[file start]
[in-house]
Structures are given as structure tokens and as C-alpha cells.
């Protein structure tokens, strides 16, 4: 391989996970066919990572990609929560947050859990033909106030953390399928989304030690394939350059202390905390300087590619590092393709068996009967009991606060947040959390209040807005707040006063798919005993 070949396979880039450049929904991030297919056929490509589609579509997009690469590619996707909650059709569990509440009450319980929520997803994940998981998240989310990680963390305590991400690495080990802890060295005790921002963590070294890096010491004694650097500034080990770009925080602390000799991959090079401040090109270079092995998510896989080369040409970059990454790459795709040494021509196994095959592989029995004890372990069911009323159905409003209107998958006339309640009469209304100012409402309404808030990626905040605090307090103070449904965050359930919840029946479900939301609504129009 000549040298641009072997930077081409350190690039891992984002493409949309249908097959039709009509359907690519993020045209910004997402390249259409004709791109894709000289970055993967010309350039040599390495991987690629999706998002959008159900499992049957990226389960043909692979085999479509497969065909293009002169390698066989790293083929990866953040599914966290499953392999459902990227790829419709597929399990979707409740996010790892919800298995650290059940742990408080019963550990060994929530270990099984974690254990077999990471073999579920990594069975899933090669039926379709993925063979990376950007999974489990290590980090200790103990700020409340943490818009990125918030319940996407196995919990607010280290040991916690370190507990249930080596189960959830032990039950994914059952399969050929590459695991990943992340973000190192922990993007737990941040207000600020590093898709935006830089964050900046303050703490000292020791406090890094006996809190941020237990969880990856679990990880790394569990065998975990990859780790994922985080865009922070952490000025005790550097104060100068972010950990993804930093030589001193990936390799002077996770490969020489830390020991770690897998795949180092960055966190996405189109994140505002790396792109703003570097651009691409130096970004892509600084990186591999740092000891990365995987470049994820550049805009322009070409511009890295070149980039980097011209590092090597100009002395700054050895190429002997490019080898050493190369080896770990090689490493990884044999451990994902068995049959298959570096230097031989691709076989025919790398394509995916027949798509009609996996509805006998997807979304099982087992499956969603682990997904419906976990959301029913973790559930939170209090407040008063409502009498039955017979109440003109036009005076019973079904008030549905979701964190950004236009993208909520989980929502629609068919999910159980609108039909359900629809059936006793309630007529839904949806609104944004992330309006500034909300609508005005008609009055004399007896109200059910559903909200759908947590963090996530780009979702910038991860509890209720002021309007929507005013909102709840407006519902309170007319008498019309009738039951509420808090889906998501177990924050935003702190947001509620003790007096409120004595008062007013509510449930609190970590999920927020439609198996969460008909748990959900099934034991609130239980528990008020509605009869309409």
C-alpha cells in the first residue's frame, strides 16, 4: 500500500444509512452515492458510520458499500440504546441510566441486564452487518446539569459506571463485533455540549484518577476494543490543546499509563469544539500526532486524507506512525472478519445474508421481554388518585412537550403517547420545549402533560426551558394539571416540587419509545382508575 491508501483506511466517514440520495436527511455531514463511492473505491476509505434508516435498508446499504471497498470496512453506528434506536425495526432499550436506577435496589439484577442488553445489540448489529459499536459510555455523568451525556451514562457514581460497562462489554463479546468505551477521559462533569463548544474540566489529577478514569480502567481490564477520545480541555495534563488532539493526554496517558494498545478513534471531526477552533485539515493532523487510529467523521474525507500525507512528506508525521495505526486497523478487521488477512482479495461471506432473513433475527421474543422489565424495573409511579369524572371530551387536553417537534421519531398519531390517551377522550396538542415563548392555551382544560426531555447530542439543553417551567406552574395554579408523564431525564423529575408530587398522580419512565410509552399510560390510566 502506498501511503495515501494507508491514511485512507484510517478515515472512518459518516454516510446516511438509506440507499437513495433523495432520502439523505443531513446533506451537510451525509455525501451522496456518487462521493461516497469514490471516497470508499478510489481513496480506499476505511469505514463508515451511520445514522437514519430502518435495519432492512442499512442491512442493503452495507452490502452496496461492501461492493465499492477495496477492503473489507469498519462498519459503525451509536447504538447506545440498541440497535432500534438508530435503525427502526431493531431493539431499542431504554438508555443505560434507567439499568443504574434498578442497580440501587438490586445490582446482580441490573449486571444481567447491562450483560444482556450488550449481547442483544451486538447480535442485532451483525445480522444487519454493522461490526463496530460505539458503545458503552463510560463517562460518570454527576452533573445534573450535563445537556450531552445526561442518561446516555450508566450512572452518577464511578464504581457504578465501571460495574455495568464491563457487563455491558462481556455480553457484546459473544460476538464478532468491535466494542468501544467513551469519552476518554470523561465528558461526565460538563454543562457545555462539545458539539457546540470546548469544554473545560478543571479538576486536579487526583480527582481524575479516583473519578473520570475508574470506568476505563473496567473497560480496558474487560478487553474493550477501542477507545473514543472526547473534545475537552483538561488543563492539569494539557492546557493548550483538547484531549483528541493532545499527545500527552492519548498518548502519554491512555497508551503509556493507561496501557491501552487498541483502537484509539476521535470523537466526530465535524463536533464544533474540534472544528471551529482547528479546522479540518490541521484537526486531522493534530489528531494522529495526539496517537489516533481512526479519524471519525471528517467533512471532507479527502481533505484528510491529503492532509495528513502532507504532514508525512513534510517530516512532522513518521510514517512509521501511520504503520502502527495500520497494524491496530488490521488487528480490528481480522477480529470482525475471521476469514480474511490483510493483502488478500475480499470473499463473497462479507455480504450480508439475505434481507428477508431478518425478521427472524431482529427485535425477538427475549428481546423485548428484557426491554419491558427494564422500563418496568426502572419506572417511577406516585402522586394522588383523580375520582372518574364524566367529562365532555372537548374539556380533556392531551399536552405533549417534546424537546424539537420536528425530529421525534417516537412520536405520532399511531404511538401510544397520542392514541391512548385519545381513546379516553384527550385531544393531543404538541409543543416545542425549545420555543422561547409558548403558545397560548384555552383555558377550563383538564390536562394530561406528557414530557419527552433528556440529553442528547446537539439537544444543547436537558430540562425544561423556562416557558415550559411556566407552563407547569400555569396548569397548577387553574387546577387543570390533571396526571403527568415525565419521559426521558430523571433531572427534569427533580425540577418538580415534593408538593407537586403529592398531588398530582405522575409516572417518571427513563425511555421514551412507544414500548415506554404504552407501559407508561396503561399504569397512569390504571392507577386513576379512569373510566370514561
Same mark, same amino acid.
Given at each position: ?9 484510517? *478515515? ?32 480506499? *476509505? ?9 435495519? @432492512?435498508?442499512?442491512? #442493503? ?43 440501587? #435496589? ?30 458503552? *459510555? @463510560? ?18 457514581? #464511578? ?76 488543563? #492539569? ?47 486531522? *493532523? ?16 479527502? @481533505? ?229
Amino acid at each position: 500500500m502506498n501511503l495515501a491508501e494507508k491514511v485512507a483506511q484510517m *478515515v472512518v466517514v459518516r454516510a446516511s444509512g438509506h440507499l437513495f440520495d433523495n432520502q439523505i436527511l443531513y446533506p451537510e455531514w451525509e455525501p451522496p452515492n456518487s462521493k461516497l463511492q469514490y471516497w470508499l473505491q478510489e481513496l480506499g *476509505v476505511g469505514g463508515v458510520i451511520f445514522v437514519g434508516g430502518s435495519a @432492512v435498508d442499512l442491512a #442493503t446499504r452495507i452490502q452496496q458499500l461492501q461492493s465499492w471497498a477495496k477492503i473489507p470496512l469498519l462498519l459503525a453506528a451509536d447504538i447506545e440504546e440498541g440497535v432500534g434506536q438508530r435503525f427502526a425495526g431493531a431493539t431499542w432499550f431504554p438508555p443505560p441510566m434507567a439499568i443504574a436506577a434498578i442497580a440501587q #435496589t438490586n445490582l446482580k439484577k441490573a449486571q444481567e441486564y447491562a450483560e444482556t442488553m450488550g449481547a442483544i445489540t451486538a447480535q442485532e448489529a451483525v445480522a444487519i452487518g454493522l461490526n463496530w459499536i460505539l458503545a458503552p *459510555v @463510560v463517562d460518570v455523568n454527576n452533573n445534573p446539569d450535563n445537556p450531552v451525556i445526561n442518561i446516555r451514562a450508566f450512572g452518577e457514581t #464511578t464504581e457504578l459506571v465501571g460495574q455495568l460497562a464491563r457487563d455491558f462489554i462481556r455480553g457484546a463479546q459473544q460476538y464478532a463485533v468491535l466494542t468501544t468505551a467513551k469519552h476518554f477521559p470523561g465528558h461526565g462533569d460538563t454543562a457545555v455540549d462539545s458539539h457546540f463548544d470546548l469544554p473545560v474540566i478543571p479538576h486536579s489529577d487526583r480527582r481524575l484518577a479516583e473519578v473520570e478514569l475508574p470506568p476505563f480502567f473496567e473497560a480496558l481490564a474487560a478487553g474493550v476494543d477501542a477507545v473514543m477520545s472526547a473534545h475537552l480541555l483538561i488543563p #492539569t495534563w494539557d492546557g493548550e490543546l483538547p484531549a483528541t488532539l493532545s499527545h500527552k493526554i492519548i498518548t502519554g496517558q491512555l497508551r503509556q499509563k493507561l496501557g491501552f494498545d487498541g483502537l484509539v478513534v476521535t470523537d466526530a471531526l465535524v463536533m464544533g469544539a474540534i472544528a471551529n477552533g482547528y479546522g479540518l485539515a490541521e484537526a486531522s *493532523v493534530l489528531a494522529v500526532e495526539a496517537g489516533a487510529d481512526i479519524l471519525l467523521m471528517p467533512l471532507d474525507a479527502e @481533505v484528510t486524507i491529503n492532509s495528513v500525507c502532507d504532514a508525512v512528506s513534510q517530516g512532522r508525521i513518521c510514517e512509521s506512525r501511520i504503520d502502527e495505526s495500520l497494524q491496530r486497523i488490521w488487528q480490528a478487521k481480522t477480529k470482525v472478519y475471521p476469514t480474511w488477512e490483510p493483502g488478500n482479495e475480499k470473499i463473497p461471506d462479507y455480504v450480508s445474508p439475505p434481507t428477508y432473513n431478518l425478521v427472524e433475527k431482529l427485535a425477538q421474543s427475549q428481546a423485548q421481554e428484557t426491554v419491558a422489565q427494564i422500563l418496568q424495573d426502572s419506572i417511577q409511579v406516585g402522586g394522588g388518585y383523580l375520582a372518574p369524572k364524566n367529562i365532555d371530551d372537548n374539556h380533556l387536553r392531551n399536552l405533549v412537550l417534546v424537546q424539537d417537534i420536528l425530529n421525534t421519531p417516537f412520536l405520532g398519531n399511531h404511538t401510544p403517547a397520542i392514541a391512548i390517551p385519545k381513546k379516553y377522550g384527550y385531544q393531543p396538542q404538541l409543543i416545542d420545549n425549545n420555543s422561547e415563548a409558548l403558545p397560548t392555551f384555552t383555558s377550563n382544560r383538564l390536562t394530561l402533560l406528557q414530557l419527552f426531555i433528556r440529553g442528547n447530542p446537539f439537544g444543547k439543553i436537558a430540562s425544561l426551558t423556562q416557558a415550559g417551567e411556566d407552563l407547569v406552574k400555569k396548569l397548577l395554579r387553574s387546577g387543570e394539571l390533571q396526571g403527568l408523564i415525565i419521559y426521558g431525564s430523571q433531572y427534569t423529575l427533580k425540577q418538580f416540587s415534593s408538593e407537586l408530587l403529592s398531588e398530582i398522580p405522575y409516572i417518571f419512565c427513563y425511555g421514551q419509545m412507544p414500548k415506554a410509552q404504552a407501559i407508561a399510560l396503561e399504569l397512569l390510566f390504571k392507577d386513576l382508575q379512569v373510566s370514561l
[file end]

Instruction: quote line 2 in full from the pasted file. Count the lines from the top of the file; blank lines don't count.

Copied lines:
Structures are given as structure tokens and as C-alpha cells.